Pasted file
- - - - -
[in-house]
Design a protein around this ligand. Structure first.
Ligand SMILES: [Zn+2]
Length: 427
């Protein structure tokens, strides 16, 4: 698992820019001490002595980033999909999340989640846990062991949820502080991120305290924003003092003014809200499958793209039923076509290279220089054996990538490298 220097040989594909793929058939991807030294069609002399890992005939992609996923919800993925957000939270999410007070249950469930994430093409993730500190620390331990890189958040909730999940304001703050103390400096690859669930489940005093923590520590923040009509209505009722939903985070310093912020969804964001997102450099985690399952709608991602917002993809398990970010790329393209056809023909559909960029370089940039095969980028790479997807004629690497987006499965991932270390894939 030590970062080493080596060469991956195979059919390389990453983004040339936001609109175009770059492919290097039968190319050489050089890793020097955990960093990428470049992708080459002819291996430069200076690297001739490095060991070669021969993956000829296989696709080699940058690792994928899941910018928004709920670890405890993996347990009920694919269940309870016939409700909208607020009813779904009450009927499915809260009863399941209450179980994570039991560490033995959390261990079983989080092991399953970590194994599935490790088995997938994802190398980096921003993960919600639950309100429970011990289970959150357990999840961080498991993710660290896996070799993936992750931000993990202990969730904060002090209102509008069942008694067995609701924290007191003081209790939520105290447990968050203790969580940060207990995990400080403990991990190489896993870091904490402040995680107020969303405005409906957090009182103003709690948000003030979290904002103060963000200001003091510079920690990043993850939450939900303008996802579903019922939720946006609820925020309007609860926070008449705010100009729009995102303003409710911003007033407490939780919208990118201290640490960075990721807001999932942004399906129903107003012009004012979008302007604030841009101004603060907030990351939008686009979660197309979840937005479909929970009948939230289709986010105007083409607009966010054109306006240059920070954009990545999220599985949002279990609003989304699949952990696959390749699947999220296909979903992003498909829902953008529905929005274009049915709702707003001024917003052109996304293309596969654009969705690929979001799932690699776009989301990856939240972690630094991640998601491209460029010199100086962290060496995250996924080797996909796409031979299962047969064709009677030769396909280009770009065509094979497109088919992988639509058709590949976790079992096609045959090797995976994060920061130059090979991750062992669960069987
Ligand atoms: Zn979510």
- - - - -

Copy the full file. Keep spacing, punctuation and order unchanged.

[in-house]
Design a protein around this ligand. Structure first.
Ligand SMILES: [Zn+2]
Length: 427
């Protein structure tokens, strides 16, 4: 698992820019001490002595980033999909999340989640846990062991949820502080991120305290924003003092003014809200499958793209039923076509290279220089054996990538490298 220097040989594909793929058939991807030294069609002399890992005939992609996923919800993925957000939270999410007070249950469930994430093409993730500190620390331990890189958040909730999940304001703050103390400096690859669930489940005093923590520590923040009509209505009722939903985070310093912020969804964001997102450099985690399952709608991602917002993809398990970010790329393209056809023909559909960029370089940039095969980028790479997807004629690497987006499965991932270390894939 030590970062080493080596060469991956195979059919390389990453983004040339936001609109175009770059492919290097039968190319050489050089890793020097955990960093990428470049992708080459002819291996430069200076690297001739490095060991070669021969993956000829296989696709080699940058690792994928899941910018928004709920670890405890993996347990009920694919269940309870016939409700909208607020009813779904009450009927499915809260009863399941209450179980994570039991560490033995959390261990079983989080092991399953970590194994599935490790088995997938994802190398980096921003993960919600639950309100429970011990289970959150357990999840961080498991993710660290896996070799993936992750931000993990202990969730904060002090209102509008069942008694067995609701924290007191003081209790939520105290447990968050203790969580940060207990995990400080403990991990190489896993870091904490402040995680107020969303405005409906957090009182103003709690948000003030979290904002103060963000200001003091510079920690990043993850939450939900303008996802579903019922939720946006609820925020309007609860926070008449705010100009729009995102303003409710911003007033407490939780919208990118201290640490960075990721807001999932942004399906129903107003012009004012979008302007604030841009101004603060907030990351939008686009979660197309979840937005479909929970009948939230289709986010105007083409607009966010054109306006240059920070954009990545999220599985949002279990609003989304699949952990696959390749699947999220296909979903992003498909829902953008529905929005274009049915709702707003001024917003052109996304293309596969654009969705690929979001799932690699776009989301990856939240972690630094991640998601491209460029010199100086962290060496995250996924080797996909796409031979299962047969064709009677030769396909280009770009065509094979497109088919992988639509058709590949976790079992096609045959090797995976994060920061130059090979991750062992669960069987
Ligand atoms: Zn979510």